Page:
It's a lousy introduction.  Judging by the huge leap in quality and competence a few minutes later, it's clear that Gordon was just rushing to get his characters inside the house.  They break in through a back door and encounter Gabriel and Hilary Hartwicke (Guy Rolfe and Hilary Mason, respectively), the kindly, old owners who invite them up to the kitchen for tea.  Gabriel tells Judy about his life as a toymaker, and informs her that he hand-crafted the hundreds of dolls that adorn every room of their home.  In the middle of their conversation, another door bursts open, ushering in three more travelers seeking shelter from the rain.

Ralph (Stephen Lee) is also a vacationing American who picked up Brit-punk hitchhikers Enid (Cassie Stuart) and Isabel (Bunty Bailey).  The Hartwickes put everyone up for the night; Judy and Ralph get separate rooms while the other couples pair up.  Since the hosts' quarters are on the other side of the house, the rocker chicks decide to boost whatever antiques they might be able to sell after they leave in the morning.

This doesn't sit well with the house's other residents, the baby-faced plastic-and-porcelain freaks that come to life when no one's looking.  Yes, Mr. and Mrs. Hartwicke are black magicians who've imbued the dolls with the spirits of the damned, and their toy children love getting into mischief.  When Judy sees one of the girls get dragged away by an army of unseen hands, she runs to warn her parents.  They dismiss her immediately, forcing her to confide in Ralph.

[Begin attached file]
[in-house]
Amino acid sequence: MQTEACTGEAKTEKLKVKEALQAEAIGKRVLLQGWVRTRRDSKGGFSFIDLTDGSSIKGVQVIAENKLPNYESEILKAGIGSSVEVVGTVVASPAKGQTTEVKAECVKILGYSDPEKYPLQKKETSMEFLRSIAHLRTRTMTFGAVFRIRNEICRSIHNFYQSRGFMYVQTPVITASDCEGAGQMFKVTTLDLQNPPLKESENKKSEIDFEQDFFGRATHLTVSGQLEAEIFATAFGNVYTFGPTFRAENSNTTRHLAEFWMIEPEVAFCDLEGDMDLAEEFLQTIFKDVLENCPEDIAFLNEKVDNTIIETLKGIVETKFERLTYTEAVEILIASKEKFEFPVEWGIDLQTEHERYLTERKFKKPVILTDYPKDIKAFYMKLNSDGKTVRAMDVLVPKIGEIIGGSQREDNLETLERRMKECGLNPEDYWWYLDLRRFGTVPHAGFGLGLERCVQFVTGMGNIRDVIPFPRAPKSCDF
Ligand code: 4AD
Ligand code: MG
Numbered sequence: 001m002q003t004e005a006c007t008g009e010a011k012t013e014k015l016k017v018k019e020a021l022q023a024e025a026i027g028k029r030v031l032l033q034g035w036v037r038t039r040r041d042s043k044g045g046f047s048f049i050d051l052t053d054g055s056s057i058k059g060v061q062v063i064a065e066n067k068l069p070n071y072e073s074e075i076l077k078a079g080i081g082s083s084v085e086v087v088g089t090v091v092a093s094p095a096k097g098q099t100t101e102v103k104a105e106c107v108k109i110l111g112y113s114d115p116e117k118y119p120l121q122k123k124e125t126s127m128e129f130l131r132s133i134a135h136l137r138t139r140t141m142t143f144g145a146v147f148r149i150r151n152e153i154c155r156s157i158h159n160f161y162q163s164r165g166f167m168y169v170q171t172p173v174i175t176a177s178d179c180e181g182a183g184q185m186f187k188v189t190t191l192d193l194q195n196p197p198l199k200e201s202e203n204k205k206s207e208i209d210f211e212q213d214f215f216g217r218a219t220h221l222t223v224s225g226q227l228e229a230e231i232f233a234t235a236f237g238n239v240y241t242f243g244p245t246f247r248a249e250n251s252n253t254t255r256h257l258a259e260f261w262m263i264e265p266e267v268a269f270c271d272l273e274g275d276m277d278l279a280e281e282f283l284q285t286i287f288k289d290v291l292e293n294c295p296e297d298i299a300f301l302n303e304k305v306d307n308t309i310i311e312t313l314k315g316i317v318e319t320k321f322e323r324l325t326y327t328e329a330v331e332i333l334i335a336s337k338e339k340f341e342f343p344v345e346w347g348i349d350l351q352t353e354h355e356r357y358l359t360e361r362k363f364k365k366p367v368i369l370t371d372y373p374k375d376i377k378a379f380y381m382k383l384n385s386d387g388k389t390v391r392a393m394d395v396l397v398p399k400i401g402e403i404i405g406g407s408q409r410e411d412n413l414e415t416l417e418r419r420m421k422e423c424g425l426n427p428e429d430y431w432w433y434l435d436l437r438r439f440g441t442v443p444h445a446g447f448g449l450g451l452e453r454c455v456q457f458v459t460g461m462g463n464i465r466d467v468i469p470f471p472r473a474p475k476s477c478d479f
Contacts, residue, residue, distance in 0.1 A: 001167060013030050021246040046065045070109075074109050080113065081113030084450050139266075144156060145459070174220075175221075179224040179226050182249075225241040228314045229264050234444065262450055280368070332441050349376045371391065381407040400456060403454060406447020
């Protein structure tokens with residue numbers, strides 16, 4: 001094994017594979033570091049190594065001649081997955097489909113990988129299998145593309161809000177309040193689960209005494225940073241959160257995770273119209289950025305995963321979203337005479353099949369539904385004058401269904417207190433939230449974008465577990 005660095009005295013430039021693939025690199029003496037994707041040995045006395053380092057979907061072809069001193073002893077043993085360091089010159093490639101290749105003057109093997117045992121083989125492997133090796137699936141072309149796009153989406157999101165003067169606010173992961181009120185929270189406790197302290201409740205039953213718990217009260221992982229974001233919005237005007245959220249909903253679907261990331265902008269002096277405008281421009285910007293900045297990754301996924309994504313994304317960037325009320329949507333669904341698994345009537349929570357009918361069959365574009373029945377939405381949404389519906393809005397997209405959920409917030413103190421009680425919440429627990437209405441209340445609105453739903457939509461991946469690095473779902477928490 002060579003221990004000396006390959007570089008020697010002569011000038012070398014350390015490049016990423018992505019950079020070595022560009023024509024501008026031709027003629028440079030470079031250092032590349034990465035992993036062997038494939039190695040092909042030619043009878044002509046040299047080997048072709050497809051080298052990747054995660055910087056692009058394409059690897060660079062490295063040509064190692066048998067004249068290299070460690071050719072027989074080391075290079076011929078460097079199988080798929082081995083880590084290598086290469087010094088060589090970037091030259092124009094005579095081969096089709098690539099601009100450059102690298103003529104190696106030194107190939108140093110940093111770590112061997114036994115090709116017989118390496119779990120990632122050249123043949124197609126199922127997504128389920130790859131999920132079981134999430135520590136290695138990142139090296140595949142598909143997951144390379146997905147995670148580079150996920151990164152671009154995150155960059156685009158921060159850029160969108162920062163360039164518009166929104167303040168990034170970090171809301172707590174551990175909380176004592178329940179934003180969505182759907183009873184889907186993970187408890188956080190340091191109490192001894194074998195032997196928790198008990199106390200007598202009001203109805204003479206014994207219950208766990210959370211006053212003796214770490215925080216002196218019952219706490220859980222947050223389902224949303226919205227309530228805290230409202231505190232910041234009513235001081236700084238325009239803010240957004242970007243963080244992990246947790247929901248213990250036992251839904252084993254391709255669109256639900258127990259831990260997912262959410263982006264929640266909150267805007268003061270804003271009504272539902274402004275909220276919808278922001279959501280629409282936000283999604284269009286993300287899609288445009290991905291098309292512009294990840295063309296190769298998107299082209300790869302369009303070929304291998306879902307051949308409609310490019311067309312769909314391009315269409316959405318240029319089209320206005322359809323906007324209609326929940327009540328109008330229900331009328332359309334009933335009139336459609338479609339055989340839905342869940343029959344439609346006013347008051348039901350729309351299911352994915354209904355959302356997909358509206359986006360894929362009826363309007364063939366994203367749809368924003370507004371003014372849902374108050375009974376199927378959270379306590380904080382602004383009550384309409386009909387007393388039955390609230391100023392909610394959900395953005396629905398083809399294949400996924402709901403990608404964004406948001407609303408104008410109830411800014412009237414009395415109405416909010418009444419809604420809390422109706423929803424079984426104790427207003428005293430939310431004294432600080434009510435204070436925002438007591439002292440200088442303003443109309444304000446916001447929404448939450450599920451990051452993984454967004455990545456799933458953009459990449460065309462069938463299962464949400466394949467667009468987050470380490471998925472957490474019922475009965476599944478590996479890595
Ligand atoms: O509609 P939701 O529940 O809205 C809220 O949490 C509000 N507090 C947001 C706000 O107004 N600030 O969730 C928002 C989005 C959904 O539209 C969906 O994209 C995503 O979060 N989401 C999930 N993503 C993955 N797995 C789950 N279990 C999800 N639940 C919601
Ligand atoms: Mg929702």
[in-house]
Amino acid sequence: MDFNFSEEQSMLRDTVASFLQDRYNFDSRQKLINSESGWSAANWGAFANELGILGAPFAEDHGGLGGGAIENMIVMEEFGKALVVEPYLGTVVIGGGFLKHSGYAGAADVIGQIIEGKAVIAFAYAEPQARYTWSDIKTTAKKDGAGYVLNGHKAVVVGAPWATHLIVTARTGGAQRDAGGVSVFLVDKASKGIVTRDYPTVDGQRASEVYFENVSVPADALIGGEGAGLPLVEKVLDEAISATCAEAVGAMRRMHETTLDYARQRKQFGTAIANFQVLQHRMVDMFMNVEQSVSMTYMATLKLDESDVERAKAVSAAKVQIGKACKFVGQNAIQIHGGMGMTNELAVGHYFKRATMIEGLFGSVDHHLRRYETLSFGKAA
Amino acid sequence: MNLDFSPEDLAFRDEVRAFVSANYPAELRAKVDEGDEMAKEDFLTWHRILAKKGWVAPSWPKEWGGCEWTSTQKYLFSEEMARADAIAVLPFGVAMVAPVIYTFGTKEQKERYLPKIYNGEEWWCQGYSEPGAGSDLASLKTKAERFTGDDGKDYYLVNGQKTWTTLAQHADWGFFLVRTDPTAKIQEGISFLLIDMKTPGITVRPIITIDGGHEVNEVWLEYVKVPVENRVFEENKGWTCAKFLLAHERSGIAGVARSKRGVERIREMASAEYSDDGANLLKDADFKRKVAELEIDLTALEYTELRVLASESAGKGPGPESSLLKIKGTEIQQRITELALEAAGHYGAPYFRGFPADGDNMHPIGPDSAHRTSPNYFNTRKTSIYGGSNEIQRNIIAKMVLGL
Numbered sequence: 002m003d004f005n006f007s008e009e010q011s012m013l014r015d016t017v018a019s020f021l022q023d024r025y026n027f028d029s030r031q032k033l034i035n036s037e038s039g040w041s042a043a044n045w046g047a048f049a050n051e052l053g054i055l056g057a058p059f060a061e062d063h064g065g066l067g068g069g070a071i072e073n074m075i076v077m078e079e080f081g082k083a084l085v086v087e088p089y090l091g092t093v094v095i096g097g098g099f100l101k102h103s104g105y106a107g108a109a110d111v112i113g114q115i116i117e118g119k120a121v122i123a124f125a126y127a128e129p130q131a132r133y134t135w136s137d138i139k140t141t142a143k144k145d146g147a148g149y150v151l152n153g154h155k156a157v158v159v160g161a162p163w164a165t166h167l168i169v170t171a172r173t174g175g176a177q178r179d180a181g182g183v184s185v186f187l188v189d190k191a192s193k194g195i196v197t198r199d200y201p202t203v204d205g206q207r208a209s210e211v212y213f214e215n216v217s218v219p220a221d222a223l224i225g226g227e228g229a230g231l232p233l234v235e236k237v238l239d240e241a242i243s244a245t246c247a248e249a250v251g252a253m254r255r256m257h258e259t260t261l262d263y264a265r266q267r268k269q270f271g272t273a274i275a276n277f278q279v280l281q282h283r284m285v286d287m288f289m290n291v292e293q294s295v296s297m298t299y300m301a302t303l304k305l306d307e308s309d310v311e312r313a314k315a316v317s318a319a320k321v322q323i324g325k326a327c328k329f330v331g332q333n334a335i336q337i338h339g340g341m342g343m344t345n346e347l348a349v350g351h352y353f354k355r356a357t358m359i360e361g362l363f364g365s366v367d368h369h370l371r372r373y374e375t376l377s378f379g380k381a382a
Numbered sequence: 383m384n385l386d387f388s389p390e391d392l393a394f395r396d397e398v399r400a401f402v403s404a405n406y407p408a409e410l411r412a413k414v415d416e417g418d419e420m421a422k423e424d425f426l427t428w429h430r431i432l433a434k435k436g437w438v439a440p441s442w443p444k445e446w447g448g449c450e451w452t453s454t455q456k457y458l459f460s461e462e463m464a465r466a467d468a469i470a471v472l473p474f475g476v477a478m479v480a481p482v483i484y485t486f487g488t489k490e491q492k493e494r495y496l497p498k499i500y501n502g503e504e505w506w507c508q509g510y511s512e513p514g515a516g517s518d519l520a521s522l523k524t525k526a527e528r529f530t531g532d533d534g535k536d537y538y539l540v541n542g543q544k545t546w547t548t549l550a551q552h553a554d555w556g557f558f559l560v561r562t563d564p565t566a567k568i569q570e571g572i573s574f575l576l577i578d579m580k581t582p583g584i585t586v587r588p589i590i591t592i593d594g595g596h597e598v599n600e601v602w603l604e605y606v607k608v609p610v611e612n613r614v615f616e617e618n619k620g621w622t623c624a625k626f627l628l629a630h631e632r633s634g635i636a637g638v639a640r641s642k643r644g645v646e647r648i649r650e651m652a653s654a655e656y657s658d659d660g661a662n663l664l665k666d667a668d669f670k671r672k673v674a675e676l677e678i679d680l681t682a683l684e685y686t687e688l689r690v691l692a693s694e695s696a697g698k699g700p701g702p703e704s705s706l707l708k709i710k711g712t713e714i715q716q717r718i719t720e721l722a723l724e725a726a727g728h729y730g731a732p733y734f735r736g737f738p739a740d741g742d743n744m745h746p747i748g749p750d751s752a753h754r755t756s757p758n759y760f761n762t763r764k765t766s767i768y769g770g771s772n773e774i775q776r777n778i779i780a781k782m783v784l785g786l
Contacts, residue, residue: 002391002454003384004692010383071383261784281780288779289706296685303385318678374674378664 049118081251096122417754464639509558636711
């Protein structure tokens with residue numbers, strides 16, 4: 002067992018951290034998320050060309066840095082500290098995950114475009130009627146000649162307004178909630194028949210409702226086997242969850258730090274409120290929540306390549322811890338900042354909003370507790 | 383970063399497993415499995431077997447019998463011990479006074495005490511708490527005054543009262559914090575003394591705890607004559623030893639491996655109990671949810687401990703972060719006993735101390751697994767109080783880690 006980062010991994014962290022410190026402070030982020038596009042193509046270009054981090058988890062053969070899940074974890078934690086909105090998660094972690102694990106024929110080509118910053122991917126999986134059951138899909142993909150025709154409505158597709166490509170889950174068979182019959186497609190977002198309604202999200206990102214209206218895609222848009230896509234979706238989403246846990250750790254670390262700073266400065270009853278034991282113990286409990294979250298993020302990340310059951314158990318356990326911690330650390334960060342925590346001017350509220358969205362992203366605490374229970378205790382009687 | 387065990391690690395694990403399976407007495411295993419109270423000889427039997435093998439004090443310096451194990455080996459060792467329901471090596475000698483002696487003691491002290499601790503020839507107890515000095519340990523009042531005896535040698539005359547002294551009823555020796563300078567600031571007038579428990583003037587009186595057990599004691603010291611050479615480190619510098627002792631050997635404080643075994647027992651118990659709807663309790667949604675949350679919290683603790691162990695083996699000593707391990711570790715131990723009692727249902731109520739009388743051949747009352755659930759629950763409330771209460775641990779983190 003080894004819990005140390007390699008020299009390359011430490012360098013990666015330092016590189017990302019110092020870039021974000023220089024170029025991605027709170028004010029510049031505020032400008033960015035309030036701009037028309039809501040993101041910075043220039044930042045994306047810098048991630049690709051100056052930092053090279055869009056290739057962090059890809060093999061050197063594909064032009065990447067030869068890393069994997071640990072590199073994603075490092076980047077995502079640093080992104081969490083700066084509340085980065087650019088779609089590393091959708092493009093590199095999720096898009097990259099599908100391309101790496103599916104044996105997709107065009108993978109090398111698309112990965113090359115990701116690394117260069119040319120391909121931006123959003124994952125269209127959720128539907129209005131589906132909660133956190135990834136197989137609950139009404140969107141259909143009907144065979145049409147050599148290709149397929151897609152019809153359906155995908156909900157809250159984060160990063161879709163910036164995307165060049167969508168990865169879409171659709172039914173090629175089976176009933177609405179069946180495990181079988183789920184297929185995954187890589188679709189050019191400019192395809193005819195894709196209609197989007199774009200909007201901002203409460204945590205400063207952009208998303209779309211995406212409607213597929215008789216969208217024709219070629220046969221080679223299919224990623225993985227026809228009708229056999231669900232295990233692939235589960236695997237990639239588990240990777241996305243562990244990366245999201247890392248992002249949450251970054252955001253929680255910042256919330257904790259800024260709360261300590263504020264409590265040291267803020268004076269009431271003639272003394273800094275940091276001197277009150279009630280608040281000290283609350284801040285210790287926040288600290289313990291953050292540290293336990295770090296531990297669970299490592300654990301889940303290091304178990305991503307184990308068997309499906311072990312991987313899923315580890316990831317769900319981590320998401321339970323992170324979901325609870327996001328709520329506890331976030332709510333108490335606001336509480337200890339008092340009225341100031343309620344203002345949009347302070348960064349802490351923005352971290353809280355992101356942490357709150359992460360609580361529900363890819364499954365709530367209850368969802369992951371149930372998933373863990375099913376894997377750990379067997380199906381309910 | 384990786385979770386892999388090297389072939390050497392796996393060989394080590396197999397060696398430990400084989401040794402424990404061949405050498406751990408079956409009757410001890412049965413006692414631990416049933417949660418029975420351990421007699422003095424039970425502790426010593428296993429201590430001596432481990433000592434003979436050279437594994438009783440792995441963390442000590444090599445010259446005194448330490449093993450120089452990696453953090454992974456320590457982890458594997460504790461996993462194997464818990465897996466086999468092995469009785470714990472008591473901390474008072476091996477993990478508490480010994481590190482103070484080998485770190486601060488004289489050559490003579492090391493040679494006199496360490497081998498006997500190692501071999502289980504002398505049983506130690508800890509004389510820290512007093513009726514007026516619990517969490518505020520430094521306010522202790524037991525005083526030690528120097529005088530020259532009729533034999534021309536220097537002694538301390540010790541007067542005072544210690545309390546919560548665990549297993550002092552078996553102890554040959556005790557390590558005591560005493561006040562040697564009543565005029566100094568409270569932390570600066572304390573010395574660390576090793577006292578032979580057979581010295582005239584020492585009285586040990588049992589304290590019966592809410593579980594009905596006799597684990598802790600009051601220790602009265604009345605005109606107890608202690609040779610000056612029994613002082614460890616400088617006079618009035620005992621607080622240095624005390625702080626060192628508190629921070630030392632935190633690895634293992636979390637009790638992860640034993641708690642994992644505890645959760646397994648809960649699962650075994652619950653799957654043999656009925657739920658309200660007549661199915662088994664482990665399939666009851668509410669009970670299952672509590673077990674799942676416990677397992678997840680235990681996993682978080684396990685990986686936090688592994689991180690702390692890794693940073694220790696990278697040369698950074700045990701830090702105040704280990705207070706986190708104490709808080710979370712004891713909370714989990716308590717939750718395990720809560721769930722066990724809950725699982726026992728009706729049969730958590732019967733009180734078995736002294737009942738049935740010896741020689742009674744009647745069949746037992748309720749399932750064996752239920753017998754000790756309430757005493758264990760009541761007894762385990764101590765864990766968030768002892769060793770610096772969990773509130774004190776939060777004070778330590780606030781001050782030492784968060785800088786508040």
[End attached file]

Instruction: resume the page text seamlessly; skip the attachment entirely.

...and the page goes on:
That's as far as I'll take this plot summary.  Based on what I've written so far, you can probably guess a lot of what happens next.  But you may be surprised by some of the twists that Gordon and Naha pepper throughout their wicked little film.  They play with the conventions of 80s slasher movies, taking one character in particular completely out of the realm they'd typically be relegated to--even then, they tweak audience expectations until the very end.  I wasn't expecting to be invested in the main characters to such a high degree.  Sure, the villains are pretty one-dimensional, but the idea of which people are the film's antagonists changes a couple of times during the movie.  Sorry for being so vague, but it's difficult to discuss how great Dolls is without giving everything away.